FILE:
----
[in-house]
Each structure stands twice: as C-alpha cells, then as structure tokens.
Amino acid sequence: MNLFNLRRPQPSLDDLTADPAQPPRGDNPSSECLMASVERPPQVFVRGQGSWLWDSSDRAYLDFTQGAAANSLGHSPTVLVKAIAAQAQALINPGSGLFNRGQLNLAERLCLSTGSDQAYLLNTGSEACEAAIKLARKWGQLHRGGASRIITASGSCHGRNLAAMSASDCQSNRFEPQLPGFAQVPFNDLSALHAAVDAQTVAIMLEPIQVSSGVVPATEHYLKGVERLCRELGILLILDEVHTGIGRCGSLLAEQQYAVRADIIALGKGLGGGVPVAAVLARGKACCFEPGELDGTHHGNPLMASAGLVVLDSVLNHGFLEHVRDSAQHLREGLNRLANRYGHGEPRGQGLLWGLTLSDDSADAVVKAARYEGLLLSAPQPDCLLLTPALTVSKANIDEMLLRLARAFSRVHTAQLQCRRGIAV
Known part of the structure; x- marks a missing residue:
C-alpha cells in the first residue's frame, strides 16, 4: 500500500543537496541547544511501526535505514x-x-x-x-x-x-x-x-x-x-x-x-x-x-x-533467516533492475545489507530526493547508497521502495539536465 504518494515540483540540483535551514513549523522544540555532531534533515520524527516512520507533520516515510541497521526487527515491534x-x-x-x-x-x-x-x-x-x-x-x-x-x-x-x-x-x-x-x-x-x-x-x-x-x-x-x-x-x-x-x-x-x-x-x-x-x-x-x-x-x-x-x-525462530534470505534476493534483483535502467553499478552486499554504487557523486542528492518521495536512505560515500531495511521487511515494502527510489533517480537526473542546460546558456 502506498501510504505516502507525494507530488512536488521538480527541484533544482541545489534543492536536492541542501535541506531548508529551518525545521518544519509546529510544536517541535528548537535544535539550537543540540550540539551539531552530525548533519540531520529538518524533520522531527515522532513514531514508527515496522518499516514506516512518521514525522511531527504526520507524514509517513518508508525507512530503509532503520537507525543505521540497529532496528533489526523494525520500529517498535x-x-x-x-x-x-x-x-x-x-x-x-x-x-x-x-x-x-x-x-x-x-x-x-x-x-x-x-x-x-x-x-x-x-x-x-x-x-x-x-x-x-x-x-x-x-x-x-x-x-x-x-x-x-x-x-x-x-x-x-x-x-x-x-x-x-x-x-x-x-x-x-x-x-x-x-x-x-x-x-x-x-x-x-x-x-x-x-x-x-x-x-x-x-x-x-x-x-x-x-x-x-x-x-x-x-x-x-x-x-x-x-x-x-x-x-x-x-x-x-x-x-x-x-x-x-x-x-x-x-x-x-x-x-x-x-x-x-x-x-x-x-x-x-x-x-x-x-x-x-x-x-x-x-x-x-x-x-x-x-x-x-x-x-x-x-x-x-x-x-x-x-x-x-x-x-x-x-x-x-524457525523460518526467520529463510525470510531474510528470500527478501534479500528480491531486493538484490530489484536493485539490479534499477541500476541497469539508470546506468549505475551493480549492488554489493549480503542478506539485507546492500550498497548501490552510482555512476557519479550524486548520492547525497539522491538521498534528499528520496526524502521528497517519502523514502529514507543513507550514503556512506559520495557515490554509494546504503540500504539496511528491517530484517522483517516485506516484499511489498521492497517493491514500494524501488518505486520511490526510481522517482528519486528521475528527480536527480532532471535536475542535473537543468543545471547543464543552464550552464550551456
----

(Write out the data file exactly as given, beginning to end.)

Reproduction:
[in-house]
Each structure stands twice: as C-alpha cells, then as structure tokens.
Amino acid sequence: MNLFNLRRPQPSLDDLTADPAQPPRGDNPSSECLMASVERPPQVFVRGQGSWLWDSSDRAYLDFTQGAAANSLGHSPTVLVKAIAAQAQALINPGSGLFNRGQLNLAERLCLSTGSDQAYLLNTGSEACEAAIKLARKWGQLHRGGASRIITASGSCHGRNLAAMSASDCQSNRFEPQLPGFAQVPFNDLSALHAAVDAQTVAIMLEPIQVSSGVVPATEHYLKGVERLCRELGILLILDEVHTGIGRCGSLLAEQQYAVRADIIALGKGLGGGVPVAAVLARGKACCFEPGELDGTHHGNPLMASAGLVVLDSVLNHGFLEHVRDSAQHLREGLNRLANRYGHGEPRGQGLLWGLTLSDDSADAVVKAARYEGLLLSAPQPDCLLLTPALTVSKANIDEMLLRLARAFSRVHTAQLQCRRGIAV
Known part of the structure; x- marks a missing residue:
C-alpha cells in the first residue's frame, strides 16, 4: 500500500543537496541547544511501526535505514x-x-x-x-x-x-x-x-x-x-x-x-x-x-x-533467516533492475545489507530526493547508497521502495539536465 504518494515540483540540483535551514513549523522544540555532531534533515520524527516512520507533520516515510541497521526487527515491534x-x-x-x-x-x-x-x-x-x-x-x-x-x-x-x-x-x-x-x-x-x-x-x-x-x-x-x-x-x-x-x-x-x-x-x-x-x-x-x-x-x-x-x-525462530534470505534476493534483483535502467553499478552486499554504487557523486542528492518521495536512505560515500531495511521487511515494502527510489533517480537526473542546460546558456 502506498501510504505516502507525494507530488512536488521538480527541484533544482541545489534543492536536492541542501535541506531548508529551518525545521518544519509546529510544536517541535528548537535544535539550537543540540550540539551539531552530525548533519540531520529538518524533520522531527515522532513514531514508527515496522518499516514506516512518521514525522511531527504526520507524514509517513518508508525507512530503509532503520537507525543505521540497529532496528533489526523494525520500529517498535x-x-x-x-x-x-x-x-x-x-x-x-x-x-x-x-x-x-x-x-x-x-x-x-x-x-x-x-x-x-x-x-x-x-x-x-x-x-x-x-x-x-x-x-x-x-x-x-x-x-x-x-x-x-x-x-x-x-x-x-x-x-x-x-x-x-x-x-x-x-x-x-x-x-x-x-x-x-x-x-x-x-x-x-x-x-x-x-x-x-x-x-x-x-x-x-x-x-x-x-x-x-x-x-x-x-x-x-x-x-x-x-x-x-x-x-x-x-x-x-x-x-x-x-x-x-x-x-x-x-x-x-x-x-x-x-x-x-x-x-x-x-x-x-x-x-x-x-x-x-x-x-x-x-x-x-x-x-x-x-x-x-x-x-x-x-x-x-x-x-x-x-x-x-x-x-x-x-x-x-524457525523460518526467520529463510525470510531474510528470500527478501534479500528480491531486493538484490530489484536493485539490479534499477541500476541497469539508470546506468549505475551493480549492488554489493549480503542478506539485507546492500550498497548501490552510482555512476557519479550524486548520492547525497539522491538521498534528499528520496526524502521528497517519502523514502529514507543513507550514503556512506559520495557515490554509494546504503540500504539496511528491517530484517522483517516485506516484499511489498521492497517493491514500494524501488518505486520511490526510481522517482528519486528521475528527480536527480532532471535536475542535473537543468543545471547543464543552464550552464550551456